Warren from Legally BlondeIf you've ever seen Legally Blonde, you know that you are immediately taught to despise Warren for breaking up with Elle. And yes, the dude is a jerk about it - but was it REALLY that bad? User jolieminou[S] says, "Warren from Legally Blonde. Okay so he wanted to take himself more seriously now that he's pursuing his profession, and wanted to date someone who had similar interests/goals. But his ex-girlfriend abandons her life and follows him to his school where she can try to win him back." It IS kind of weird when you think about it that way. If Warren wasn't such a jerk in other ways, I'd feel more sorry for him.
Sharpay Evans from High School MusicalI haven't seen High School Musical, but even I know that Sharpay Evans is the villain - the spoiled, snobby, bratty girl who pitches a fit when things don't go her way. Well, maybe we should feel a teensy bit sorry for her instead of immediately claiming she's the worst. User camlop says, "Sharpay Evans from High School Musical. She is the most qualified and most ambitious, but then these two total rookies come in and steal her show from her. Yeah, she should accept that she can't get everything she wants, but I definitely understand how she feels." Makes sense!
Darth Vader from Star WarsOkay, don't yell at me, but I've never seen Star Wars. So, I'll let user dadsmeatwagon explain this one: "Anikan Skywalker/Darth Vader. Born to a slave mother without a father; raised by saber wielding evangelicals & told he was "the chosen one"; gets consistently undermined & berated when his unorthodox but effective, methods don't align with the way the Jedi do things. Finds a woman he cares so deeply about he will kill for her, but has to keep his love/marriage secret because Jedi can't marry; he can't tell any of his peers/friends about the happiest day of his life. He returns to his home world to save his mother only to find her barely alive, & he holds her as she dies in his arms. He couldn't save her sooner because the Jedi were training him. Then, the Jedi deny him the title of Master because of he's a hothead. Meanwhile, Senator Palpatine praises Anikan, and gives him what the Jedi have denied him, pulling him into the dark side. Vader really is a tragic character. He's a victim of circumstance; a product of his environment."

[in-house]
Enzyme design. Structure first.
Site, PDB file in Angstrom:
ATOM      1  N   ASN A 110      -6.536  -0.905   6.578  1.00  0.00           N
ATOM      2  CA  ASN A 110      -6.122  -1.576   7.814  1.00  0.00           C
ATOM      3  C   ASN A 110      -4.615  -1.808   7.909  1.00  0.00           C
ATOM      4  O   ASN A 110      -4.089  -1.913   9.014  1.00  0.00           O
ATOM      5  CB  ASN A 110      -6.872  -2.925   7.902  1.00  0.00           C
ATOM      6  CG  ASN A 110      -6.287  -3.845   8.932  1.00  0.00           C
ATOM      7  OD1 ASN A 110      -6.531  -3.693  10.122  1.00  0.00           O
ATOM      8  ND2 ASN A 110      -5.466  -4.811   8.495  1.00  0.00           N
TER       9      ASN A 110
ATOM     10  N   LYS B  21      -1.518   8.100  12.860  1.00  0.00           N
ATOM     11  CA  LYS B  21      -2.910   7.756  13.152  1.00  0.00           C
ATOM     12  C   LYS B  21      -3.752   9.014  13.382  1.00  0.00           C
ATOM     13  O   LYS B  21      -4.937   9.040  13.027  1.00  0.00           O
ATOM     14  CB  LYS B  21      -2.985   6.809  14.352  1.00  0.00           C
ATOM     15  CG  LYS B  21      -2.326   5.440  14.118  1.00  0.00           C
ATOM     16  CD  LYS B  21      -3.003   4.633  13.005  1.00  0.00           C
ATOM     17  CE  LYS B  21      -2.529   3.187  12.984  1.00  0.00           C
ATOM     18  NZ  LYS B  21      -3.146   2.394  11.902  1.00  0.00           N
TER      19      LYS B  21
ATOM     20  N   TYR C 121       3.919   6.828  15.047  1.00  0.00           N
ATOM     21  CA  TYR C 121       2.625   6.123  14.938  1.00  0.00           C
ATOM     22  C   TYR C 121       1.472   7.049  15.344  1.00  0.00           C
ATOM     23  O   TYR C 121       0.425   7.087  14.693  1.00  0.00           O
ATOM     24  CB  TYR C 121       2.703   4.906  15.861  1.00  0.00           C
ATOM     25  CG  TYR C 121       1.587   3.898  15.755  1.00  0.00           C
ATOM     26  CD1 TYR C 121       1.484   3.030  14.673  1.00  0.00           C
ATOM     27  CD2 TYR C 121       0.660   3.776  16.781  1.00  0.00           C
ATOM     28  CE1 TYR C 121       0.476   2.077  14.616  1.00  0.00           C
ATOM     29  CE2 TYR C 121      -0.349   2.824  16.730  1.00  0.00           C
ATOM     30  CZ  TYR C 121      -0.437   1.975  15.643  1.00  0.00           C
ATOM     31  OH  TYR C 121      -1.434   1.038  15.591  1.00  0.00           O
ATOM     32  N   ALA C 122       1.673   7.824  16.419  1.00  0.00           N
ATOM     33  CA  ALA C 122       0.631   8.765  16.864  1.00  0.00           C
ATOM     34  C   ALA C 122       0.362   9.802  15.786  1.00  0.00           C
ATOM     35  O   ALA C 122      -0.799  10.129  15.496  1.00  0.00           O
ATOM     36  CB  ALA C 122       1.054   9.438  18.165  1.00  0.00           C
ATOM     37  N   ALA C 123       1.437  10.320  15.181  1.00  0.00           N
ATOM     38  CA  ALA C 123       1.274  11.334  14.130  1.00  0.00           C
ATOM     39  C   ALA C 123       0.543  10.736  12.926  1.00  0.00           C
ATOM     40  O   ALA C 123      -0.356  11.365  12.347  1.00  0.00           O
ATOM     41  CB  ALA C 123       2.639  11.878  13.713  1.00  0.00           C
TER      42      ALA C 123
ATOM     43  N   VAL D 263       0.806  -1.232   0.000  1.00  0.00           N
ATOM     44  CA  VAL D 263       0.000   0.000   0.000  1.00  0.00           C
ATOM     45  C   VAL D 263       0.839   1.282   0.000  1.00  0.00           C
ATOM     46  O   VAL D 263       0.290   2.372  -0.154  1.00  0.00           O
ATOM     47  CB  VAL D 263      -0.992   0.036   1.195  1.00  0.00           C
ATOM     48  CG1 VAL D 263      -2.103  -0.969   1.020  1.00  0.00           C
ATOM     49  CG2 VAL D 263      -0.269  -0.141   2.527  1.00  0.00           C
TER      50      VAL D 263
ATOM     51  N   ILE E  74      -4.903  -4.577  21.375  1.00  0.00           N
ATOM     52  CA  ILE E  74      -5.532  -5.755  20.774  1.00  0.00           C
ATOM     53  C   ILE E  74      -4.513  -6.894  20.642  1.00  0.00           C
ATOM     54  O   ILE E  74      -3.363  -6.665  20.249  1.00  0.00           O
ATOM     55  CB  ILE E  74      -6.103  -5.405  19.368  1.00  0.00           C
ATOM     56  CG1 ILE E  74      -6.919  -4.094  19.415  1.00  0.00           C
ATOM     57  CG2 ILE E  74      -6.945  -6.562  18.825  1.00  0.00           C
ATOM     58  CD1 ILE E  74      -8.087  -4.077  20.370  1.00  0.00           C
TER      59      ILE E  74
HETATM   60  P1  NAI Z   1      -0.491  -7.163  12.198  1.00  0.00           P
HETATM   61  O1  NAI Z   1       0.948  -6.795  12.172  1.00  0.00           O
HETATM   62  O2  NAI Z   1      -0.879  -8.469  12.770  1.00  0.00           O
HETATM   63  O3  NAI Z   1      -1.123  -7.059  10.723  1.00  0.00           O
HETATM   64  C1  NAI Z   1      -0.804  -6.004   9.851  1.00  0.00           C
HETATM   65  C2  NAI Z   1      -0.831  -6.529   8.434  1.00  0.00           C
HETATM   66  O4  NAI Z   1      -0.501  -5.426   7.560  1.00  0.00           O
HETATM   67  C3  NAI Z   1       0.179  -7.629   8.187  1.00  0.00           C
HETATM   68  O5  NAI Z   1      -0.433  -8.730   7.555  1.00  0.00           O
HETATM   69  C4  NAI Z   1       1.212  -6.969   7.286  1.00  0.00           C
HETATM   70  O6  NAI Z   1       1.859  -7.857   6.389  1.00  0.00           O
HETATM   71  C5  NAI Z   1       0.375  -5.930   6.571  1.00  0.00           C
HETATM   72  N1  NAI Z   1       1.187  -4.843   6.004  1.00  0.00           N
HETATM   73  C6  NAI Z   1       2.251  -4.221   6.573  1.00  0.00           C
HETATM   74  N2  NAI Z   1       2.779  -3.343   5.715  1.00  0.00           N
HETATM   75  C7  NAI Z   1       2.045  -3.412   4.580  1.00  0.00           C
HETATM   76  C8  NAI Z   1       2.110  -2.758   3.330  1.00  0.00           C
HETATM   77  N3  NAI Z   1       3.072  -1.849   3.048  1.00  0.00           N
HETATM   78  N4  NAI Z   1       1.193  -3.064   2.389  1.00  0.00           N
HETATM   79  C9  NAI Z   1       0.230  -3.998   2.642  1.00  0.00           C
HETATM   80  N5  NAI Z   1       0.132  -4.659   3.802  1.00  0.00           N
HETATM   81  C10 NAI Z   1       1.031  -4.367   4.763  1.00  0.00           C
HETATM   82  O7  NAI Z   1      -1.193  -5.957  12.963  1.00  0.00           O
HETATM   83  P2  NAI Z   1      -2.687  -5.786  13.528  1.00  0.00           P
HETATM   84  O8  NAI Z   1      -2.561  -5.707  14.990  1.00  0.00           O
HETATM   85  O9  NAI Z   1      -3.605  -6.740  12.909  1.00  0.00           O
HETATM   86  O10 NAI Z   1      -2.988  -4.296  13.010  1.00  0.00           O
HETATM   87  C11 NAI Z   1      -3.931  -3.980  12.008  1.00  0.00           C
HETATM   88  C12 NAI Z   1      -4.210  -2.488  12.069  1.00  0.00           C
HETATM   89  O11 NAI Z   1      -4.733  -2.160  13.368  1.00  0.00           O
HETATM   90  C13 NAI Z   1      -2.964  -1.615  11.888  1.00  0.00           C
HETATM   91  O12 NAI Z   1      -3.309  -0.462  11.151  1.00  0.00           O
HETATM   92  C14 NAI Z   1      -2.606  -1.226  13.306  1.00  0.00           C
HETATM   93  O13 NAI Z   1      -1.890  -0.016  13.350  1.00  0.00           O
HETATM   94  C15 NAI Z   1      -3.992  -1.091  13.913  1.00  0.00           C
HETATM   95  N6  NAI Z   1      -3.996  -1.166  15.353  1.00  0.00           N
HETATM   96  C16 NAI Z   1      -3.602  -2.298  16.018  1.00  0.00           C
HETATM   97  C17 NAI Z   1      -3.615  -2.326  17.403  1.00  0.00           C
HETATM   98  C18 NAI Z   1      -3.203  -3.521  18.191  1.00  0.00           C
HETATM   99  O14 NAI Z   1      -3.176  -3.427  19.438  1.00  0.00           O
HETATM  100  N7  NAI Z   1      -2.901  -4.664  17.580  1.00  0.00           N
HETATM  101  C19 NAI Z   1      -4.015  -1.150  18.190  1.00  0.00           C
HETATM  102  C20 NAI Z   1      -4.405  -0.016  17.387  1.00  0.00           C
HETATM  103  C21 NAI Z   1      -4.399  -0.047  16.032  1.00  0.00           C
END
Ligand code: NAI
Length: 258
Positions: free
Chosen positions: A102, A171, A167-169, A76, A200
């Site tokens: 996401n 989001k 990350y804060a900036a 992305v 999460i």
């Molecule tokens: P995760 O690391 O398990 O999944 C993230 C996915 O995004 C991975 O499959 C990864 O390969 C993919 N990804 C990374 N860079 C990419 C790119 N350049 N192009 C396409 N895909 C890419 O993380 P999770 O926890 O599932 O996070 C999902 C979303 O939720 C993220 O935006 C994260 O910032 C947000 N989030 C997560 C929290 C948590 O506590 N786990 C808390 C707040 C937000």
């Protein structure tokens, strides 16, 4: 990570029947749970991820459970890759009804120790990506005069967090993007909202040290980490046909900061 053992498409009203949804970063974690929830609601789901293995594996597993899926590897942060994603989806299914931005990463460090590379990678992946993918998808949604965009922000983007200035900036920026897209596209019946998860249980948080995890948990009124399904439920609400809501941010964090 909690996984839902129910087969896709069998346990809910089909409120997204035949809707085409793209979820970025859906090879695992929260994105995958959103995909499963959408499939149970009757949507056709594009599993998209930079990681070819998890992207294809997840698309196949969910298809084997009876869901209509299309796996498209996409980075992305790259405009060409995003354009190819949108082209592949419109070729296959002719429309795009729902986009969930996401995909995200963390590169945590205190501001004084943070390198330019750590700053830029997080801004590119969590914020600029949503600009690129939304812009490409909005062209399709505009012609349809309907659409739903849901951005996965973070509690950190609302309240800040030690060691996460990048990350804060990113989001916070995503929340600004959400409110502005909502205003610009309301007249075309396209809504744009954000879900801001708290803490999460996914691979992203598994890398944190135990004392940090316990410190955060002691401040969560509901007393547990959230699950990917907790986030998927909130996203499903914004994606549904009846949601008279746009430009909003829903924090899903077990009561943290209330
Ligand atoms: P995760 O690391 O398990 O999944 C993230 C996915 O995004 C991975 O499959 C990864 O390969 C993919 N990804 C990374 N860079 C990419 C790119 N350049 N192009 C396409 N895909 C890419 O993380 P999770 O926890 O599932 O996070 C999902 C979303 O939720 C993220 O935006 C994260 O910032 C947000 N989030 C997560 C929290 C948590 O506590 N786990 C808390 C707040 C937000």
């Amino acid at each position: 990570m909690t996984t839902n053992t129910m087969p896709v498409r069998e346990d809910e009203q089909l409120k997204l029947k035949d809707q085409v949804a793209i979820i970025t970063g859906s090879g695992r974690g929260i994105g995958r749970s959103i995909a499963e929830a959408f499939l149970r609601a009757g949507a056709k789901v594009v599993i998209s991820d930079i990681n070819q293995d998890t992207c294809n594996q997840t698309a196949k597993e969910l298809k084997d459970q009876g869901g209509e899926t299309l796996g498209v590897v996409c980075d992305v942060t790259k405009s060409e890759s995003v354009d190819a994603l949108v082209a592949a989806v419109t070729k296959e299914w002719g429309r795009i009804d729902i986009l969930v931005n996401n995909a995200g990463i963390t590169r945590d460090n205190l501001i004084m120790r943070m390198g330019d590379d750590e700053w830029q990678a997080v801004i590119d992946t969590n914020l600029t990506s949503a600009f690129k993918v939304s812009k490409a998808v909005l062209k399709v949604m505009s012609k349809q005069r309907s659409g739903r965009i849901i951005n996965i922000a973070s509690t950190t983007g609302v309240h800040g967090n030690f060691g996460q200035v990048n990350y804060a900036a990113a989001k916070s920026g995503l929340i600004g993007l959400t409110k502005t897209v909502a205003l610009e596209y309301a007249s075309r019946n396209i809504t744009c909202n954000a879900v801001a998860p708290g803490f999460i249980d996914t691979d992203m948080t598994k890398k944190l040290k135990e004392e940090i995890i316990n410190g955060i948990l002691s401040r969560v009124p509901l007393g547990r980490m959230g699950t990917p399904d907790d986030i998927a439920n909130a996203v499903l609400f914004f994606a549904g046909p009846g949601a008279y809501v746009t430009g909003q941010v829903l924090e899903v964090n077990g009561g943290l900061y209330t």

Harley QuinnIs Harley Quinn REALLY that bad? User co_lund doesn't think so, saying, "Harley Quinn. Because she is the story of the smart, ambitious girl who fell in love with a manipulative abuser, and even though she is smart, it's very hard for her to see his evilness and escape. Textbook abusive relationship. I guess that resonated with me. She commits evil deeds for him like a pawn because she loves him, and when she's away from him she acts like a ditz because playing dumb is what protects her from getting hit. She is smart, but she doesn't let it show."